change in the weather

Y’know that scene in Mary Poppins — when the wind changes?  And then all of a sudden, life changes?  I feel that way about the first true cold snap in the fall.

Now, to be fair, I missed the first one — I was lounging by a pool in Austin Texas, trying to summon the strength to — well, do anything — following a three-day juice fast. Er, cleanse. Detox? (Sorry, terminology.  Gets me every time.)  But this evening, the cool seemed to descend as the sun sank in the sky, and I shivered –legitimately — when Lucy and I ambled around the yard.  And it knew it was real.  Mmmm…. I love it.

I’ve been attempting to sit and write all week — but my journey home on Sunday kicked my butt (who knew Philadelphia was so popular a destination from Austin TX, that one cancelled flight could throw and entire day into chaos? … Oh, right, there is only one flight from Austin to Philadelphia … that would explain it!) And then returning to work didn’t help with the fatigue.  And taking care of Lucy solo — while always a joy, because she is a joy — can also be somewhat exhausting.  So here I am, Thursday night, just sitting down to clickety clack on the keyboard.  And all that’s coming out are rambles.  Haha!

I spent last week in a truly incredible place — also completely surreal and outside of my previous scope of reality — and it has had such an impact, that it has begun to influence nearly every decision I make.  Especially in terms of food.  Which is tough.

I have a journal that I kept — notes from classes and thoughts jotted down in incomplete sentences.  But my brain is so loosey goosey right now, I think I would do a huge disservice to the program I attended if I tried in any way to write about it right now.

Instead, I think I’m going to curl up under some soft blankies with my puppy, listen to her soft snuffles, and fall asleep about ten minutes into whichever movie I choose to pop into the BluRay.  And then tomorrow, there will be no more sleeps left until the man gets home, and life will be right again.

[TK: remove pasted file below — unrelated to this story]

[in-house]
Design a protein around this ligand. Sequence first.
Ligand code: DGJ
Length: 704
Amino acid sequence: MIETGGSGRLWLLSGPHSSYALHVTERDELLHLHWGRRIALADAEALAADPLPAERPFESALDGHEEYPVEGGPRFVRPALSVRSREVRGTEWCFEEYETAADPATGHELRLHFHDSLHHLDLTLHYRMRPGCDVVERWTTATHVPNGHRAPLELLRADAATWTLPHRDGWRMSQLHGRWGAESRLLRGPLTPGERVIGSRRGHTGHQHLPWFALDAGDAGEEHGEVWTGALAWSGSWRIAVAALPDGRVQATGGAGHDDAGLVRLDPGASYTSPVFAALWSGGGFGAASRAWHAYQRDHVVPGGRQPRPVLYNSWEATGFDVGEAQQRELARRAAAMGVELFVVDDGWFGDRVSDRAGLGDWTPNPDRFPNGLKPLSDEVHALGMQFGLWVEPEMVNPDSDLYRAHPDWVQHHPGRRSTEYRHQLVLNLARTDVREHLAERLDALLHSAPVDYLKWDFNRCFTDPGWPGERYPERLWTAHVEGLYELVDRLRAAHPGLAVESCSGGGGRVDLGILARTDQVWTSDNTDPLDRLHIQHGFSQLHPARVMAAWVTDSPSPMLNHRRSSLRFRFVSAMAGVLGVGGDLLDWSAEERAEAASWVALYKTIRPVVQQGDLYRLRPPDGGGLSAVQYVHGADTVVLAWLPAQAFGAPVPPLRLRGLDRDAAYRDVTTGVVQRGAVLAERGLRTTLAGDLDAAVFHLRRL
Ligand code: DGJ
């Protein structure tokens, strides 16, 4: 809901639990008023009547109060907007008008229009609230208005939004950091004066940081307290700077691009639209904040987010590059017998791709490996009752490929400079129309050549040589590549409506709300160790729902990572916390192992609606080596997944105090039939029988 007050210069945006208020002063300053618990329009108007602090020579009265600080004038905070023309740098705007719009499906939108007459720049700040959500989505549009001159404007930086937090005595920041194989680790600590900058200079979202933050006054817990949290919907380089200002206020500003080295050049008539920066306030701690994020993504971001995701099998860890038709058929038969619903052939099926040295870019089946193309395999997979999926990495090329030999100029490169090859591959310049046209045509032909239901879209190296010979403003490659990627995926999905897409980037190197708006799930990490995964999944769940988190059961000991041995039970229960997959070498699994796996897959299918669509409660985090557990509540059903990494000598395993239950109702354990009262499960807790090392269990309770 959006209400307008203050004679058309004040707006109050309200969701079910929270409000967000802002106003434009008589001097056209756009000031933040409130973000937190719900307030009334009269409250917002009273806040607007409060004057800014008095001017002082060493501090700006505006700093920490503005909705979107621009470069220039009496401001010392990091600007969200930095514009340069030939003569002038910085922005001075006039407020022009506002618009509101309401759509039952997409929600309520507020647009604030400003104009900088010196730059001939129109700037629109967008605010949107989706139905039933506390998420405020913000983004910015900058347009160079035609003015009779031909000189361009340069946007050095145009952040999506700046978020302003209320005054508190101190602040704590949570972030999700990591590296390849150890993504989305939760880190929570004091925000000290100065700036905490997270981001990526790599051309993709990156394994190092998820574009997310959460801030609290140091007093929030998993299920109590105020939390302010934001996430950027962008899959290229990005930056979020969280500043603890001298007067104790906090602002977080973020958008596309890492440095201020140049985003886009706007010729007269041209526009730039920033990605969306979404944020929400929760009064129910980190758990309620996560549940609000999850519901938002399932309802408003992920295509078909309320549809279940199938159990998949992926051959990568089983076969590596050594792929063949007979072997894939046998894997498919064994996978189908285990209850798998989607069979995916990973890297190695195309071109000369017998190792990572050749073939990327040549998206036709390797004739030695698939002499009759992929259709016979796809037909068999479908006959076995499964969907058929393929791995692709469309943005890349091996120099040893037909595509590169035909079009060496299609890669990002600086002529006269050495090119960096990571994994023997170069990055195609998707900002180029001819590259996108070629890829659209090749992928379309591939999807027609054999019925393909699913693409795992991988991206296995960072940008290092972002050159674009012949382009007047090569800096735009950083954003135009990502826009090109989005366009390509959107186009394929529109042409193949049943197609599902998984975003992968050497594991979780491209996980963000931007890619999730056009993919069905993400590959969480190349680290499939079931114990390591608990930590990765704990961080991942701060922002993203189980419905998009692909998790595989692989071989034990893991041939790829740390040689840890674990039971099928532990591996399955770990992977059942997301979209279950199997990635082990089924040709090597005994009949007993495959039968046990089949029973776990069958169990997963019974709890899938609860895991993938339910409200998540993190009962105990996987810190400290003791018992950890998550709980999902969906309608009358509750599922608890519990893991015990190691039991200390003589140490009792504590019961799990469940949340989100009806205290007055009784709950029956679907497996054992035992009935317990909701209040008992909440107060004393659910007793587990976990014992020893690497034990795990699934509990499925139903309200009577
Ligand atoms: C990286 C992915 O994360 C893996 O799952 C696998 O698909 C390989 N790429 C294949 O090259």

killing time

I am currently hanging out at a wine bar in the Austin airport, fresh on the heels of spending a full week detoxing my body.  Admittedly, I feel kinda guilty.  As though the five plus days I spent were for naught.

But then, through the fog of frustration and fatigue, I remember who I am.  And I remember that I need to always feel okay with who I am.  (Y’know, within reason).  And I’m the type of girl who finds a wine bar when her flight is cancelled and she must re-route to a different airport just to get to the east coast — even if it’s seven hours after her original arrival time.

As I’ve sat here and fought with the WiFi and the underlying urge to break intermittently into tears, I had a lot of time to think.  (Which is saying something, because this entire week has been devoted — through the program — to time to think.)

There’s something very different when you are single and alone versus when you are in a relationship and find yourself alone.  It’s almost humbling.  I’ve sat here, enjoying some very nice wine, some very nice nibbles, and I’ve palpably felt the loneliness.  And this is a girl who used to go to the movies alone no problem, exist on my own no problem — and then suddenly, something changed.

And it wasn’t meeting my husband.  Who is amazing.  And takes amazing care of me.  He makes the stressful things less stressful, because he handles them.  He makes sure I can get through the security line smoothly, and makes sure we’re at the right gate, and in the right place and doing the right thing … He’s just — he protects me.  He takes care of me.  He takes the brunt of the burden and shoulders it — so I can sleep while he drives, or focus on other (usually work-related) things without having to worry.  He always makes sure we’re okay.

I think at some point — between my single days and my bad relationship days — something happened to cause such unreal insecurity within me that it manifests in my complete inability to be alone.  And getting MS didn’t help.  Because MS just makes you more vulnerable.  Less confident in your movements, your action, your ability to… oh, I don’t know … walk an airport terminal between connecting flights.  I don’t think my poor husband has ever seen a completely convincing ‘alone and confident’ version of me.  And I know it existed once …. I just can’t remember it.

So I figured out the WiFi.  And I’ve had some interesting airport conversations (sit at a wine bar for 3 and half hours in an airport — you will, too!).  But I haven’t figured out the loneliness.  The missing my husband.  The insecurity.  The unwelcome and completely uncontrollable welling of eyes and tightening of throat.

And I think of the lovely woman I met this past week.  Who struggles with the loneliness of no longer having her husband.  The quiet of her home.  The emptiness of family dinners — that gaping, open hole where someone used to be.  And I have no answers.  No fixes for the loneliness.  And it breaks my heart.